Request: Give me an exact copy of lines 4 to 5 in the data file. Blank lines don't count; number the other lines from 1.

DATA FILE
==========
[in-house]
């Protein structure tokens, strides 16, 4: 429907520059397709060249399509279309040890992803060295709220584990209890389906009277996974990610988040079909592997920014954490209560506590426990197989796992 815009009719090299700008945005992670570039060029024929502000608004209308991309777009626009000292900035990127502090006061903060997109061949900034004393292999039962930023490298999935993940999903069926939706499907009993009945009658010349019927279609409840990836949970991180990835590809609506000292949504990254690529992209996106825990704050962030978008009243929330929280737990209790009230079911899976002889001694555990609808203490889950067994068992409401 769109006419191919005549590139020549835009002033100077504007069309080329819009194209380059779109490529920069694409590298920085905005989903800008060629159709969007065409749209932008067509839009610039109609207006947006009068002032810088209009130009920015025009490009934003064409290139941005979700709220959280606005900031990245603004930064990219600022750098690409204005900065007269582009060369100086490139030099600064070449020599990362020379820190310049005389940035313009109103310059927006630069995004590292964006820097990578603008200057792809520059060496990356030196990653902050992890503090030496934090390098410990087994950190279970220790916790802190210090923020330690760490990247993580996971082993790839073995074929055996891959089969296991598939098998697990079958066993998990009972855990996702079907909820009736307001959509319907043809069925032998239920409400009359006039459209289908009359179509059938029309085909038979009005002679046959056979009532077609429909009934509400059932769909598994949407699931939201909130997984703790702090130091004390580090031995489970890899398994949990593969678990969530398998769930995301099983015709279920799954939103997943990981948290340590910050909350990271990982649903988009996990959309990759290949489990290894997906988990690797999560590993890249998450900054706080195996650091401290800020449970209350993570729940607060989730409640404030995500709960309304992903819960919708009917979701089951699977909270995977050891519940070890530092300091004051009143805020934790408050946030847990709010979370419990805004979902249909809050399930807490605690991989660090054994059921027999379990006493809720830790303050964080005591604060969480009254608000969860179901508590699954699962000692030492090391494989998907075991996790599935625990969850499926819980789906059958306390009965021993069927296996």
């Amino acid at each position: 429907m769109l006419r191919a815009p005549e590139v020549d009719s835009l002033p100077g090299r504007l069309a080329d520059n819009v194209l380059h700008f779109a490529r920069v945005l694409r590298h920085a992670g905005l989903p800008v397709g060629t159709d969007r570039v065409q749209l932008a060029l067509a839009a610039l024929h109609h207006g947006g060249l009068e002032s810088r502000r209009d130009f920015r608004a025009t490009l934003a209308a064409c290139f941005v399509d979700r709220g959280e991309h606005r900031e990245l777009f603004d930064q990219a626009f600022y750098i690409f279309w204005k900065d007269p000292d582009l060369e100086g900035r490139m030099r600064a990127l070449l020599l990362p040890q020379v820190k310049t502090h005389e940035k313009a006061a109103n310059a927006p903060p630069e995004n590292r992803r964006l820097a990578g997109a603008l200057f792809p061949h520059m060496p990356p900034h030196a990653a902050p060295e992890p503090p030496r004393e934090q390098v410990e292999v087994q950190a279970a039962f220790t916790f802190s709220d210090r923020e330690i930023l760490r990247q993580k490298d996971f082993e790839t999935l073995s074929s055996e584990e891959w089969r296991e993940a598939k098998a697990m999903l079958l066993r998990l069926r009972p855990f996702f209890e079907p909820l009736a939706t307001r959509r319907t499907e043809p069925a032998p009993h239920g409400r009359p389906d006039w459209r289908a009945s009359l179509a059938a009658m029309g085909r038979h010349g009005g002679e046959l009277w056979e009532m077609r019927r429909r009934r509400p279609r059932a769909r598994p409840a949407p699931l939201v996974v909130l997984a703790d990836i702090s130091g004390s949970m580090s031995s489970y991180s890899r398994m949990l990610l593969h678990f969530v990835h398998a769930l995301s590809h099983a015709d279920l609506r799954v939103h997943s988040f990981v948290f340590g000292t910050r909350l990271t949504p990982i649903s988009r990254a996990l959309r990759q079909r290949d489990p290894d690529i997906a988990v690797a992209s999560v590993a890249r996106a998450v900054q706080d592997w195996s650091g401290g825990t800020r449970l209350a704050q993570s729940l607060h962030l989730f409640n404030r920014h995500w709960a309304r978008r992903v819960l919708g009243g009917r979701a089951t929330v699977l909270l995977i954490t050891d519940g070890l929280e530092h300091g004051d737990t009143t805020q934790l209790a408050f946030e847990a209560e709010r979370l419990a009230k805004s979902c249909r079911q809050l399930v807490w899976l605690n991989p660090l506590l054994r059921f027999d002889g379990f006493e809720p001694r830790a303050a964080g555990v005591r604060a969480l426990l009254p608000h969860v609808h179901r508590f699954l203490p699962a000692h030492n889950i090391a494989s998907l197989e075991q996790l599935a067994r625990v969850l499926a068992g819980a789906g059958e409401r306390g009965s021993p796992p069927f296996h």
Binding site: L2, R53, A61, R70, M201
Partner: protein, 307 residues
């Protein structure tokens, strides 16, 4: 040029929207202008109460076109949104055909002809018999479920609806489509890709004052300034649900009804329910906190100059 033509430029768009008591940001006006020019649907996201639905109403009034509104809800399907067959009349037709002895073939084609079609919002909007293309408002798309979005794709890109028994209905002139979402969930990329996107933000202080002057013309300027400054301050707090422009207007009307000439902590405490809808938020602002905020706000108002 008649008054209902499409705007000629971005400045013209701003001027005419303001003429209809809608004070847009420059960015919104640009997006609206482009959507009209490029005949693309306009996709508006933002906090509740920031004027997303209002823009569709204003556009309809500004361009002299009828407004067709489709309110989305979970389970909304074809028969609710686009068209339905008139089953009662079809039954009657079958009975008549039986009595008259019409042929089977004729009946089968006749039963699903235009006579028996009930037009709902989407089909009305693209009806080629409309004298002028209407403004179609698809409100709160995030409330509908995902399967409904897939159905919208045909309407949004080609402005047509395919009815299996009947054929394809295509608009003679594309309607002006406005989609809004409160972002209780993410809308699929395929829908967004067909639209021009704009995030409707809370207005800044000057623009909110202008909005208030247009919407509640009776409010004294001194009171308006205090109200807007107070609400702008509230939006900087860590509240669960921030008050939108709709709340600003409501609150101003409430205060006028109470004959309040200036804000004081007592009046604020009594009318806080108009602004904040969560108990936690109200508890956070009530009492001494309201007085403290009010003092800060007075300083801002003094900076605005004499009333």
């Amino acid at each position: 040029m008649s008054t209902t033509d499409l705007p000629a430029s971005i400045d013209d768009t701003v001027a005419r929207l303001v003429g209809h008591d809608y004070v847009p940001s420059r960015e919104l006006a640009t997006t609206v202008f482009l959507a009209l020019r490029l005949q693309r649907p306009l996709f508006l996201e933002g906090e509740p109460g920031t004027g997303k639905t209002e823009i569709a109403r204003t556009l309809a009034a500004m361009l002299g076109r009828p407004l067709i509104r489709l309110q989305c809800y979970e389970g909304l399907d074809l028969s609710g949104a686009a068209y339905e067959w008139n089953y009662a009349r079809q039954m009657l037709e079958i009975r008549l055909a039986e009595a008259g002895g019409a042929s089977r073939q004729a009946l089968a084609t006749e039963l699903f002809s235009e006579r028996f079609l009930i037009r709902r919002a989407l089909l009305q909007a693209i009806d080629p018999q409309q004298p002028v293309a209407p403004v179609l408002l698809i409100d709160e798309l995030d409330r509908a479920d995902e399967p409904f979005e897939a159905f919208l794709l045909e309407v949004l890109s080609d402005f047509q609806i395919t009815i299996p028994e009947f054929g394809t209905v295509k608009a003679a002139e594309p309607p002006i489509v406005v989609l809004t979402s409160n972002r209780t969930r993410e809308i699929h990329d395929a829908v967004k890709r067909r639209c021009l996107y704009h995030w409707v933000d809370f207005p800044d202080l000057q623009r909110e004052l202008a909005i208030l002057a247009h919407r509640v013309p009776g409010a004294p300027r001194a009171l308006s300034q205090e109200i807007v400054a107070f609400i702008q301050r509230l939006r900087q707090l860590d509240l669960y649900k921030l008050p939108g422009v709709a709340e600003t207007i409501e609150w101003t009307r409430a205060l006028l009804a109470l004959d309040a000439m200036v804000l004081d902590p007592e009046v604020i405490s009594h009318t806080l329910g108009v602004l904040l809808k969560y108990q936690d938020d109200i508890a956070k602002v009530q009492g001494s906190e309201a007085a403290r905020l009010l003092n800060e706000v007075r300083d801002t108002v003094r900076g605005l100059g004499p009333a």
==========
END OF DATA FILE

Binding site: L2, R53, A61, R70, M201
Partner: protein, 307 residues